By Gayle Bartos-Pool
Several of us on The Writers-in-Residence blog have been mentioning writing a memoir recently. Maybe you’re thinking that it must be associated with people “of a certain age,” but frankly, younger people haven’t lived through nearly as many adventures, ups, downs, and life in general as we folks in that upper age bracket, so we do have more to write about, but that doesn’t mean you can’t start writing your own memoir now and keep adding to it.
But it is true that older folks have survived it all, the good, the bad, and what life threw in our path to make us who we are. And you want to know something else? We all learn from those things. I’m sure you all have stories to tell. So why not let others laugh and cry and say Wow! along with you? Your friends and family will enjoy reading about your life because they weren’t with you every step of the way unless you’re a Siamese twin. Younger people can actually learn things when they read how you became you.
And there is a bonus in there, too. You will start to understand who you are as well. There will be some things that you recall, maybe some that have been buried for a while, that will let you reevaluate your life and see that you were and still are a very interesting person. You won’t be able to change the past, but you can see what you did along the way. If there were problems in your life, what did you do to overcome them? Not everybody starts out a Rockefeller.
As for John D. Rockefeller, the head of one of the wealthiest families in America, he started out as a bookkeeper at sixteen in Cleveland in 1855. He sold and moved produce during the Civil War to the Union Army. He was an abolitionist, voted for Lincoln, and after the war when the need arose switched from food stuffs to oil. An oil glut had some refiners dump the excess in rivers and streams, J.D. used the surplus to run his refineries and turned the rest into other by-products. He wasn’t going to pollute the waterways or waste all that product. He founded Standard Oil. The guy had a philosophy: He said God had provided the opportunity to earn all the money he had made; J.D. didn’t mind making it. He also wanted to save as much as he could and give away as much as he could. He was a philanthropist and considered one of the richest men ever in American history. There were downsides to his businesses, but he did a lot of good in his life. But that is what makes people so interesting no matter what they have in the bank. The good, the bad and the interesting.
I had the opportunity to have a father in the United States Air Force. We lived on the island of Okinawa when I was 5-7 and in France when I was a teenager. I went to a boarding school that provided an education that exceeded my first year in college in Memphis. I switched schools because I wanted to actually learn something. To pay for my college education, my wonderful dad sold some of the French clocks he and my mom had collected while we lived in France. I worked a year between my sophomore and junior years in college as a private detective to earn money myself and to see what the world was all about. That was probably as important as the four years in college. After I graduated from Rhodes College in Memphis and worked another year to earn money, I moved to California. I took acting lessons so I could learn about the movie industry and especially how to write dialogue because I wanted to write for TV or the movies. I had a few scripts looked at, but none sold. I decided to write mystery novels instead. There is even a story in how that came about, but you’ll have to read my upcoming memoir to see how that happened. It’s a good story. Oh, I went on to write 24 books. I guess all this preparation in life laid the groundwork for that little endeavor.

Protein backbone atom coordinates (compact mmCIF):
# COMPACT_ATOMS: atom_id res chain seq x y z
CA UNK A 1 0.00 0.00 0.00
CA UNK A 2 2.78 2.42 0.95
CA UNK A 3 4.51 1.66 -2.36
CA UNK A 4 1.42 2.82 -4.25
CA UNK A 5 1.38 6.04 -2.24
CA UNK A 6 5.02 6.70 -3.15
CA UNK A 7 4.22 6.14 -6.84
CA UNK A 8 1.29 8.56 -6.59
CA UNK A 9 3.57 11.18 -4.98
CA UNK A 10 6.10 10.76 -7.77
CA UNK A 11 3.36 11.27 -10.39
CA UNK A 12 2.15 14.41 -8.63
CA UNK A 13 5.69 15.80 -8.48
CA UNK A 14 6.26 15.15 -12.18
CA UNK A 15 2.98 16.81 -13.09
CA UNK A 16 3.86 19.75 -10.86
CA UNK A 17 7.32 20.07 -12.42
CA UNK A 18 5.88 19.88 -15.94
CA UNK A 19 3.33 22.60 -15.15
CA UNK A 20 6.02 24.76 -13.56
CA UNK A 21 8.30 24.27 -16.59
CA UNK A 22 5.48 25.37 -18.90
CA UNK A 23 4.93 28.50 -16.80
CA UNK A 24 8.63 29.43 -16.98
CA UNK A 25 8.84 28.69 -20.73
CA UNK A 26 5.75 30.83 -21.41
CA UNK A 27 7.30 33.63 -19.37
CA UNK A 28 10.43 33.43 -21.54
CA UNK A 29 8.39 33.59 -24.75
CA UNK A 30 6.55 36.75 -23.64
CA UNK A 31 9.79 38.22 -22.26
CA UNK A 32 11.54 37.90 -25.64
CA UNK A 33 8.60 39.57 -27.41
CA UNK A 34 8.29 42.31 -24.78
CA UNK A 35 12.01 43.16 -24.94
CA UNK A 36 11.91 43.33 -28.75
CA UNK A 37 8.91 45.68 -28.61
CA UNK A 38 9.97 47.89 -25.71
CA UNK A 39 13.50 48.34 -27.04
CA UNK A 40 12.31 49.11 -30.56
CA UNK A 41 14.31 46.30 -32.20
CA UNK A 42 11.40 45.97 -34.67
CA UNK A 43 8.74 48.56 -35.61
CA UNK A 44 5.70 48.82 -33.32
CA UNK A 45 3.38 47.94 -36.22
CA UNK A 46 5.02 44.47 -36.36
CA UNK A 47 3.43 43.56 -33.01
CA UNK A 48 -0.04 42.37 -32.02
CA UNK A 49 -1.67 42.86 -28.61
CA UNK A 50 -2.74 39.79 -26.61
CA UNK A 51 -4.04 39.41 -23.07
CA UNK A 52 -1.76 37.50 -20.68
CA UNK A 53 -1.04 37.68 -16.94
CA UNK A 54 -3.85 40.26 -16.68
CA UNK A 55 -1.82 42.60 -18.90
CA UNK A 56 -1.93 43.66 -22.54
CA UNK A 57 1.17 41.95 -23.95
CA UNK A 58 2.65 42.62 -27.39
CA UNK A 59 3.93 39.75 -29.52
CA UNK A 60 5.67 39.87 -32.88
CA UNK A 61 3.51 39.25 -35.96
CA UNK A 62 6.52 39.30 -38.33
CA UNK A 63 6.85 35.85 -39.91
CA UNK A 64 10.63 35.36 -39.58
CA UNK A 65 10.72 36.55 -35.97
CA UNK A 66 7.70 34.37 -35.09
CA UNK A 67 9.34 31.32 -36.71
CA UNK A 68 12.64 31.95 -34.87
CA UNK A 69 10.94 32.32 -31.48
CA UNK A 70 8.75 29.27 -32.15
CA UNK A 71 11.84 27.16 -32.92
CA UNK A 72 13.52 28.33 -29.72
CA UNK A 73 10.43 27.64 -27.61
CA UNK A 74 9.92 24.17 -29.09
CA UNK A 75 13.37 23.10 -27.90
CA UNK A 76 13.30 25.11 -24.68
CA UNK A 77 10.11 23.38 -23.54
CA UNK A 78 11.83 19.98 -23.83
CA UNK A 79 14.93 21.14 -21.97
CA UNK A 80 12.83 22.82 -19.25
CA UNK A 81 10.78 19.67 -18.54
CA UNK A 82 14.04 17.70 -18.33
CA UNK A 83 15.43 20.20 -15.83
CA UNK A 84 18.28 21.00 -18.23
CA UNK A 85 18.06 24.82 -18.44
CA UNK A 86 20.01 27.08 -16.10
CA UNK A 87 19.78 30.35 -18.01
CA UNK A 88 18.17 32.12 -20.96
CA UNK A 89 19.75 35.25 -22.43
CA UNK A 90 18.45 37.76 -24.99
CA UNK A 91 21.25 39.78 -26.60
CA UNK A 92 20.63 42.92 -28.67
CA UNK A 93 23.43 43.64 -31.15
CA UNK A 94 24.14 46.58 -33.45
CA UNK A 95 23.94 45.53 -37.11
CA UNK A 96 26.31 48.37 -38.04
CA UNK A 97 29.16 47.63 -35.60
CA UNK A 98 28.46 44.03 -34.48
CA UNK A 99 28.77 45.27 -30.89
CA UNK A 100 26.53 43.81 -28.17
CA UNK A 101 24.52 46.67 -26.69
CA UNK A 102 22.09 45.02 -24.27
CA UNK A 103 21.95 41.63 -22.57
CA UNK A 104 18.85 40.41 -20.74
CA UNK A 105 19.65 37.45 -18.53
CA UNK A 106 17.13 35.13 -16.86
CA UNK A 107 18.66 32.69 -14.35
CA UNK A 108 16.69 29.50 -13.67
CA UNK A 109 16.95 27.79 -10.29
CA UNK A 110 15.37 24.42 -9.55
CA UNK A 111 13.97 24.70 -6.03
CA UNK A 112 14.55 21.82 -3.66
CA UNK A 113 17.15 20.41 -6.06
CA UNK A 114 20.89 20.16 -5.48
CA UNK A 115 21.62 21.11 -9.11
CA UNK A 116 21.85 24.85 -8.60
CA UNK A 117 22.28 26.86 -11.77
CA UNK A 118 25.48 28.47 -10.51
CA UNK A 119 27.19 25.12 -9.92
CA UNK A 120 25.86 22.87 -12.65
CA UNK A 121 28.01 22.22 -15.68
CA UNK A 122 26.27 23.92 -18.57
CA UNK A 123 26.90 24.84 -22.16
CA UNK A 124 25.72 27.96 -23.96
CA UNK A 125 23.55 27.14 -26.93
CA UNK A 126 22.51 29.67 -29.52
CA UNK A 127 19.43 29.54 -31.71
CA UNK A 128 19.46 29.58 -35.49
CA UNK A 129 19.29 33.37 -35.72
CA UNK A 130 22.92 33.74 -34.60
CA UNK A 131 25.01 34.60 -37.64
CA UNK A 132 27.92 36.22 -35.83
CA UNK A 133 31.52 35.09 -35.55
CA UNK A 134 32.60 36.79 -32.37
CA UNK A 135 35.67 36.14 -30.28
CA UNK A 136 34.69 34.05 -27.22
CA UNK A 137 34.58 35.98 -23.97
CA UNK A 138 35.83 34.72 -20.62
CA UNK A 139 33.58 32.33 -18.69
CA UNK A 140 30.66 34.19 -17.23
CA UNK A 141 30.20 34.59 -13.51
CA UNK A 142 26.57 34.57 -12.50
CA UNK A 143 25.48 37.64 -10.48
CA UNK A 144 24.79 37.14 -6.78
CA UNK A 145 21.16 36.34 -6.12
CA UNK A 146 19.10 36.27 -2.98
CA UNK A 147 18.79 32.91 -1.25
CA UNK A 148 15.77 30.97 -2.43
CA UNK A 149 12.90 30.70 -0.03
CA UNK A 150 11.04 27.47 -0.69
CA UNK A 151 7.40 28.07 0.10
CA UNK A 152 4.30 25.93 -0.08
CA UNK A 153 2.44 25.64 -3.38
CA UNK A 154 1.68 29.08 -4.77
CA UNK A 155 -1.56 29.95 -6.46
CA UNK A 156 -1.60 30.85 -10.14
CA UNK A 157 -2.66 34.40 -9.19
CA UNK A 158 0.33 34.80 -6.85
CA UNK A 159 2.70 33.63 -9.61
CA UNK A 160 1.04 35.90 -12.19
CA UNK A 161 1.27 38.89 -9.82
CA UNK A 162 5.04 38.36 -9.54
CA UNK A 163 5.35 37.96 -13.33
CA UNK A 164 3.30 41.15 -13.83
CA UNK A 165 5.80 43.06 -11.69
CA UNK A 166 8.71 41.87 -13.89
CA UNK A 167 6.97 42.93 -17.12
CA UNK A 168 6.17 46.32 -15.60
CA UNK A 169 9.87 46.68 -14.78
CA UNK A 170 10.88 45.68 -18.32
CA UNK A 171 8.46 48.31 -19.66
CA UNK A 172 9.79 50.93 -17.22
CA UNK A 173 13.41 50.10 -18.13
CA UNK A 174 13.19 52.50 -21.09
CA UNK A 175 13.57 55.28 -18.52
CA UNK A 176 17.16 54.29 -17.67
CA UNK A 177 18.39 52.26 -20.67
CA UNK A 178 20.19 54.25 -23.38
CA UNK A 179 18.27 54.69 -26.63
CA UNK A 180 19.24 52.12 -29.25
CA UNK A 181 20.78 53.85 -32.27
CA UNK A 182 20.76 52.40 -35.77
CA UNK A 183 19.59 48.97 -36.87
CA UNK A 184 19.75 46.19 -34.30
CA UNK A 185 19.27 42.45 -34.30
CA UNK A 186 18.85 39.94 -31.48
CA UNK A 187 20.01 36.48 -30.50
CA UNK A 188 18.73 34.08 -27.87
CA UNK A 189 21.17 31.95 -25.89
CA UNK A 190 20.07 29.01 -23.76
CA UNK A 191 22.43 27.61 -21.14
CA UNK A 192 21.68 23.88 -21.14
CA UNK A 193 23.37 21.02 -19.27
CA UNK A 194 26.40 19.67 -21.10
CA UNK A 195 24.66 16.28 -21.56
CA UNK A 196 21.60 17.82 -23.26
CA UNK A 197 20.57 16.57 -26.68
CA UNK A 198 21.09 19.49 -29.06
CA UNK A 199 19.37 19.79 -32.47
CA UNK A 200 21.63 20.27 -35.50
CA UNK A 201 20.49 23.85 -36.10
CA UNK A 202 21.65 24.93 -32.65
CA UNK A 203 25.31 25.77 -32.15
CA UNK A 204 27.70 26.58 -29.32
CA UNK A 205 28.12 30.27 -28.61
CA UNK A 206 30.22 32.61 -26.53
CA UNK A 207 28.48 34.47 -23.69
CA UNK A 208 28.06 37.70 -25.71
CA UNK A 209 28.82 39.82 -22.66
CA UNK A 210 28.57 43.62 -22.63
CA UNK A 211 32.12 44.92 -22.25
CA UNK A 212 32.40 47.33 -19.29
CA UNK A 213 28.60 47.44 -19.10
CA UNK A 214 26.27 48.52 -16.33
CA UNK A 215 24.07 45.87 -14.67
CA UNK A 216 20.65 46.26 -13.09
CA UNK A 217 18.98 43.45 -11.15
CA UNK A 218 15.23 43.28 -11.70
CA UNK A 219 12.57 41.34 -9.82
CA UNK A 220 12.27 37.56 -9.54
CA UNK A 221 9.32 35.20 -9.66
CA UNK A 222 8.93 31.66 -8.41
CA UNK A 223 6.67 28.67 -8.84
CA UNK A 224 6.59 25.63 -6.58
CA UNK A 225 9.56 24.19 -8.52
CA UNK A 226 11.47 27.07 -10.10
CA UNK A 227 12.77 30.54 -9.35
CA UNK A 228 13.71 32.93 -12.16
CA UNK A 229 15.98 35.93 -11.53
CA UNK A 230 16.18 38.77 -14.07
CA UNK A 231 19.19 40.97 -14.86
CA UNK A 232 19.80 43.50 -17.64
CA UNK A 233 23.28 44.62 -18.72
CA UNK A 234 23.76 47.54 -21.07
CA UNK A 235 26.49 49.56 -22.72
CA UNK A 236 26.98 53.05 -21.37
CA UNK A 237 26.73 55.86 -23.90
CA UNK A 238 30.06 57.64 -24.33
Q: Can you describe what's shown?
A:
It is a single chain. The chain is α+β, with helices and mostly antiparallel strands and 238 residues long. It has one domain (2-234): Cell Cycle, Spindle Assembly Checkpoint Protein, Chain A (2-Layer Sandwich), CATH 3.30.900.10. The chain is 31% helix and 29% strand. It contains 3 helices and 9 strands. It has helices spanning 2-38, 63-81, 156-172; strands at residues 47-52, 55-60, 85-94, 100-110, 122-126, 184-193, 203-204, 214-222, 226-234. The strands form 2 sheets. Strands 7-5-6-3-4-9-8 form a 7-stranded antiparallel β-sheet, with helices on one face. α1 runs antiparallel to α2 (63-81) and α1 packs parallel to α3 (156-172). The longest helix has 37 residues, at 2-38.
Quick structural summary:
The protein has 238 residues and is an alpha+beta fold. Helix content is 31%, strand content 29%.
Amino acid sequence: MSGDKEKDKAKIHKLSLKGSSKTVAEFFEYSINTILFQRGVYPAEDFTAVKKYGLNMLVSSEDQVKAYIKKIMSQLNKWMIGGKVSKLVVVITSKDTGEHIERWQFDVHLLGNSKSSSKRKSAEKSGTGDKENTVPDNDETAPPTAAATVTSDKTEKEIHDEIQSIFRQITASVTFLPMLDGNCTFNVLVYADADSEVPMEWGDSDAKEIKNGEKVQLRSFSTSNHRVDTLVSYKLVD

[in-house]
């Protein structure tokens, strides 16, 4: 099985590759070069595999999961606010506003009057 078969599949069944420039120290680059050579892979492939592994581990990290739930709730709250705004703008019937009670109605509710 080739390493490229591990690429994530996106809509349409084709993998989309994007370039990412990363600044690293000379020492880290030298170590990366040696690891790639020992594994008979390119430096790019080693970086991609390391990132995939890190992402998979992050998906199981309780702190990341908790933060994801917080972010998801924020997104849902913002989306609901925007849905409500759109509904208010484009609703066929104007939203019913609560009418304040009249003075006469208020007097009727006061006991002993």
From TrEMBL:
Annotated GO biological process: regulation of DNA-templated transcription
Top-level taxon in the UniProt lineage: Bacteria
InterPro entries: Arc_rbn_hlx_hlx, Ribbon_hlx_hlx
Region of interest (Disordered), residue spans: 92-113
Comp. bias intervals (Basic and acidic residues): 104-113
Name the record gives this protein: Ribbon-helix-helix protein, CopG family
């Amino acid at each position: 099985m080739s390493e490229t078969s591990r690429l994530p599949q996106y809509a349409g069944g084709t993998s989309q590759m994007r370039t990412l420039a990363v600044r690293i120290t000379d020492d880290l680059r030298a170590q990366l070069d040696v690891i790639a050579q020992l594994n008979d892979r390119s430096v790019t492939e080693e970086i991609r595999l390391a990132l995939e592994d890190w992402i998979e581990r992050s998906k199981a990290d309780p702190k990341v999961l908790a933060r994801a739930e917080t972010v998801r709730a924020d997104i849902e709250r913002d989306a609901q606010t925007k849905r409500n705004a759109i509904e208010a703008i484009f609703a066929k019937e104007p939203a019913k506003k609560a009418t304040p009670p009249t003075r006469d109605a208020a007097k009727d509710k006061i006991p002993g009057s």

I have a little saying that I wrote a while back:
It doesn’t matter what you don’t have; It’s what you do with what you have.
I have been working on my memoir for nearly a year. I have over 40 scrapbooks with bits and pieces of my life from the time I was born to today. I even have my mom’s family album that I redid when it started to fall apart that has the family’s history in pictures. What a joy to look through it now with my niece and her kids. My brother and I still recall old stories and some of them are in the book. It’s full of pictures and memorabilia and stories of my family and me. It shows how I became who I am.
So when you are writing your memoir, even if it takes you a few years to go through your scrapbooks or diaries or old photographs or spend a few holidays with family and talk about old times, discover who you are and share it with others. We all have a story to tell. Frankly, we are all interesting. Write On!